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[Page 24]

      bay, but also a great number of French, ships as well. The transports belonged to every line that has ever flown the British Flag in any quarter of the world. I do not see how the Expedition would ever have been handled but for the fortunate existence of this immense sheet of landlocked water, within 40 miles of our eventual destination. Fortunately also neither a German or Austrian submarines had as yet put in an appearance, and had they been in the Eastern Mediterranean at the start, I do not see how the Expedition would ever have been landed. As it has turned out, it would have been better for us had the loss of a few transports, and warships in the early days caused us to abandon the entire enterprise.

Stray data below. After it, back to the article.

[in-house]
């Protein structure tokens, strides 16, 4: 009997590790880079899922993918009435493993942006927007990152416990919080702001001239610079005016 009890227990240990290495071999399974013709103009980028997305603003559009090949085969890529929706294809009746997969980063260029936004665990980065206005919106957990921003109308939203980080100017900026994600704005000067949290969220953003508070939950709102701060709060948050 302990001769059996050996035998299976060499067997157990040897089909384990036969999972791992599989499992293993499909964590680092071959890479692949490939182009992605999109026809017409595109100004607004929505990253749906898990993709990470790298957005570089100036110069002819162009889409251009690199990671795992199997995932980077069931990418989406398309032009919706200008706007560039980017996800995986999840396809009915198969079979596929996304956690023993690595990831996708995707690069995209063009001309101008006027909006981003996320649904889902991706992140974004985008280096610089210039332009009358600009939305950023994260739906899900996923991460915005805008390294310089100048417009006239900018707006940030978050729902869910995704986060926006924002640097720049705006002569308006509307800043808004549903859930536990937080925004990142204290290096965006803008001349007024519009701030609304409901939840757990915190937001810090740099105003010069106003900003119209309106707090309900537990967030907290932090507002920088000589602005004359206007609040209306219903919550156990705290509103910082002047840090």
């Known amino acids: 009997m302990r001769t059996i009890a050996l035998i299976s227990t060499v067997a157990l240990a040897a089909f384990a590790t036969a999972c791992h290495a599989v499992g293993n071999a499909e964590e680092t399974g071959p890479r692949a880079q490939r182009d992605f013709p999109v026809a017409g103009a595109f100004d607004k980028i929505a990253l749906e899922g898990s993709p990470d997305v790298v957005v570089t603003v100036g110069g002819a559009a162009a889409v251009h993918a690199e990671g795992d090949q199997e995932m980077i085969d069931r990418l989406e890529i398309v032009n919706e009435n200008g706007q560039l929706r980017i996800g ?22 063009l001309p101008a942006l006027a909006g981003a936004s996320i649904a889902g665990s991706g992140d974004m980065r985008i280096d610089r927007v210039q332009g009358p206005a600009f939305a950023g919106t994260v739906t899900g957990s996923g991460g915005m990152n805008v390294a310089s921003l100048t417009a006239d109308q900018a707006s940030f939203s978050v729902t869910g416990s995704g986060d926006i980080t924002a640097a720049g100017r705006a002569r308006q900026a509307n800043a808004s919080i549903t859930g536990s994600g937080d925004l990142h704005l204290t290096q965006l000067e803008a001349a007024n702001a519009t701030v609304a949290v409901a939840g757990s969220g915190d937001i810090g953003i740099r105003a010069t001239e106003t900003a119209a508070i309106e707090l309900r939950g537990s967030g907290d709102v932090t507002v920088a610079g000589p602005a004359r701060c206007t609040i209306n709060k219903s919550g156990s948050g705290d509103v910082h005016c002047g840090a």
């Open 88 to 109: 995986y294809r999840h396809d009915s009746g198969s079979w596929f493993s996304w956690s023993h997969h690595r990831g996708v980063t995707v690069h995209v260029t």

But Fate ordained that these things were not to be. The preparations went on vigorously for the next three weeks, but the plans of the Commander in Chief, and the numbers of men at his disposition were kept a profound secret. We spent a lot of our time at guess work, and in fact it was fairly easy to decide on some of the landing points, on account of the peculiar formation of the coast, which would only allow troops to be disembarked at certain points. Commodore Keyes gave me a definite promise that the "London" would be at one of the most interesting and vital spots, and that if by any chance, the plans should be changed, he would shift me to another point. With this I was satisfied, and simply remained quiet to await events. It had been definitely and quite rightly decided that I should send out no cables until after the landing had been made, as it was essential to keep our preparations absolutely quiet, and the wires were fully occupied with Government work. I had therefore little to do, except

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